Meditation can reduce chronic pain - report


Patrick Slavens often found himself caught up with the rush of everyday life. His ADHD and smoking habit didn't help. Then the former Marine tried meditation.

"I never thought I would end up to being the warm, fuzzy, meditating kind of guy," said Slavens.

Dr. Richard J. Davidson, a psychology and psychiatry professor at the University of Wisconsin-Madison, has been studying meditation for decades. A friend of the Dalai Lama, he's scanned the brains of Buddhist monks as they meditated. He tells us the brain can actually make new connections and even grow new neurons in this state. It's called neuroplasticity.

Davidson believes that with practice, meditation can improve symptoms of social anxiety, phobias and inflammatory problems like asthma or psoriasis.

"My own view is that it's best considered as an adjunct. It shouldn't be thought of as a replacement for conventional treatment," said Davidson.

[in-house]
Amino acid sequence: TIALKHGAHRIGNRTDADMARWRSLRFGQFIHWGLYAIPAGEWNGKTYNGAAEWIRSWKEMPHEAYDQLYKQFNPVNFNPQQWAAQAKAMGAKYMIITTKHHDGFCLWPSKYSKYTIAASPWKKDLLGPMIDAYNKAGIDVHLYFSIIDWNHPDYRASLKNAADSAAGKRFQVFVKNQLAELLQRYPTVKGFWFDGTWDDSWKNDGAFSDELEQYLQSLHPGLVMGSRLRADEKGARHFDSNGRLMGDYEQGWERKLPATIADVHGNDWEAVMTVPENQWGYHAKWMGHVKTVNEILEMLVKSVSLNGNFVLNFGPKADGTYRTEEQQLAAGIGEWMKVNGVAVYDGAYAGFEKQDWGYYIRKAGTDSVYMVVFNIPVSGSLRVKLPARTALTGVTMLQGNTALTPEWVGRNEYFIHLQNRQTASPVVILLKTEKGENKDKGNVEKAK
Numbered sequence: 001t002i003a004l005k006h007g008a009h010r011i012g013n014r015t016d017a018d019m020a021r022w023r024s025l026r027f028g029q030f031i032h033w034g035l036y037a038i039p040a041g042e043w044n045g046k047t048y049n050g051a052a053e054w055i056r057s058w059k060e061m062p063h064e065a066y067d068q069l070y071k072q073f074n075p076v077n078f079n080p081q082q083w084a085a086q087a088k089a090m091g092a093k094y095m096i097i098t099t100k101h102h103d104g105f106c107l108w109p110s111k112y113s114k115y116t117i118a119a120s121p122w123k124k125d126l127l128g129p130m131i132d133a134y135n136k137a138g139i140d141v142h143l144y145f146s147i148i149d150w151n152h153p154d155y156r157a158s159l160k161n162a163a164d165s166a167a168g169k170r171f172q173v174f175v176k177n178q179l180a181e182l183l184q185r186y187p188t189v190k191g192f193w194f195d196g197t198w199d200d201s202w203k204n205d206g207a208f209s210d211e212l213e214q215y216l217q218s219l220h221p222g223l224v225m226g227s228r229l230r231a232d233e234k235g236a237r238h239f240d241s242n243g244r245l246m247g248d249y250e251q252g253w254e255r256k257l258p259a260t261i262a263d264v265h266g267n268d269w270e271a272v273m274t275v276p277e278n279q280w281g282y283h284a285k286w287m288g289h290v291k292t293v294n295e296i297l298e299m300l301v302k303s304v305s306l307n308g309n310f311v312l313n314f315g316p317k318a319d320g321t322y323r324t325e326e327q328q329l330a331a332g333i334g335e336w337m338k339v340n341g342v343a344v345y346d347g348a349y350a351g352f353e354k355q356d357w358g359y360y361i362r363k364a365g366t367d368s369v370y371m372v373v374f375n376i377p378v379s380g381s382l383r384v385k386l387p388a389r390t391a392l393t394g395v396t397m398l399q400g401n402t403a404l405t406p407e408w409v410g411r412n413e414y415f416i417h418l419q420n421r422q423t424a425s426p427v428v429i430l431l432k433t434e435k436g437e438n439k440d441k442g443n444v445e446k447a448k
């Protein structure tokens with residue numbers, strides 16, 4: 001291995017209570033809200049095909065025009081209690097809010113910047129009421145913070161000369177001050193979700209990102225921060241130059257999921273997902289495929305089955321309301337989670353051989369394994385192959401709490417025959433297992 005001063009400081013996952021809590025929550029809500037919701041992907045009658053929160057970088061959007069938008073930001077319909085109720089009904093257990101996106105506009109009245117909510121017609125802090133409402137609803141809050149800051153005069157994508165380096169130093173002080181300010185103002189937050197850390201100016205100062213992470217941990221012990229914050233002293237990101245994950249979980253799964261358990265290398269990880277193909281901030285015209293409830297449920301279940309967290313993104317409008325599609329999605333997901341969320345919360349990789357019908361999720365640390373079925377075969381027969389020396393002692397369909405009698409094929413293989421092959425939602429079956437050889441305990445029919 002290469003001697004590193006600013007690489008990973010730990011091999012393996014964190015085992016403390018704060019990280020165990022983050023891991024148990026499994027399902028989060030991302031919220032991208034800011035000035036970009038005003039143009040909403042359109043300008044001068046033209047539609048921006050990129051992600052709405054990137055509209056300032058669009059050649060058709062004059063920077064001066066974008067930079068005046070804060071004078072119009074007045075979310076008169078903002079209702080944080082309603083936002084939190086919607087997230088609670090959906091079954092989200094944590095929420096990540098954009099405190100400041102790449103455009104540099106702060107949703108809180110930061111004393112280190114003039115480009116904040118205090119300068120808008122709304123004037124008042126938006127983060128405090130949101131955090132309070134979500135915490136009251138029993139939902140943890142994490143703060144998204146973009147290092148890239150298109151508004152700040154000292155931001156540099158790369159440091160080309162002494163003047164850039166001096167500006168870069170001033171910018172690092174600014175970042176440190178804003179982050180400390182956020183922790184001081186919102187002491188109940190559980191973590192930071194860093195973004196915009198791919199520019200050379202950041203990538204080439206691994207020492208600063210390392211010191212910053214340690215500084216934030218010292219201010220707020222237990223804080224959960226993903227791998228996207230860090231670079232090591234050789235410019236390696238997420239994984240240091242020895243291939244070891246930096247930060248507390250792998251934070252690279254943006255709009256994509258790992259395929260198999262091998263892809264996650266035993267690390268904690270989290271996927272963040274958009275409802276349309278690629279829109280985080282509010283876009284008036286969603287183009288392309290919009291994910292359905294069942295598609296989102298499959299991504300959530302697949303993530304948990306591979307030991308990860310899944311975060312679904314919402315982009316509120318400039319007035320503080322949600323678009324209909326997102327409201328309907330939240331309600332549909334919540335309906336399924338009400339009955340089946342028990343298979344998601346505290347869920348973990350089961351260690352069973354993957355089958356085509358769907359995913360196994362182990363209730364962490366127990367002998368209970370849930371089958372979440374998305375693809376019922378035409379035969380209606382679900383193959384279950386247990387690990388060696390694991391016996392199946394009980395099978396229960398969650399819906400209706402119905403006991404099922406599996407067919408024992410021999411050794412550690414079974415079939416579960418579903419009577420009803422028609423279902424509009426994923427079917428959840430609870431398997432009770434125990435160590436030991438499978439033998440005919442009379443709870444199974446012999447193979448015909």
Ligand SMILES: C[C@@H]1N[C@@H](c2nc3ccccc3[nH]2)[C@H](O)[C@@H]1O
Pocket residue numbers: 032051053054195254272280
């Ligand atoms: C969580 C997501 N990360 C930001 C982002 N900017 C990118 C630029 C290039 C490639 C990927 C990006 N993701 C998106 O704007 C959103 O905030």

A government panel just reviewed 34 meditation trials with 3,000 participants and found it can reduce chronic and acute pain. The evidence is weaker on mediation's effects on stress and anxiety, but the committee found there were benefits.

Slaven says thanks to meditation, he has quit smoking and is off his ADHD meds.

Davidson is currently conducting a study comparing the effects of meditation versus yogic breathing on war vets with PTSD. The ongoing project will take several years.

Meditation's power to change the brain doesn't take that long. In fact, Davidson said his studies show neuroplasticity can occur in as little as two weeks if you meditate every day for 30 minutes.

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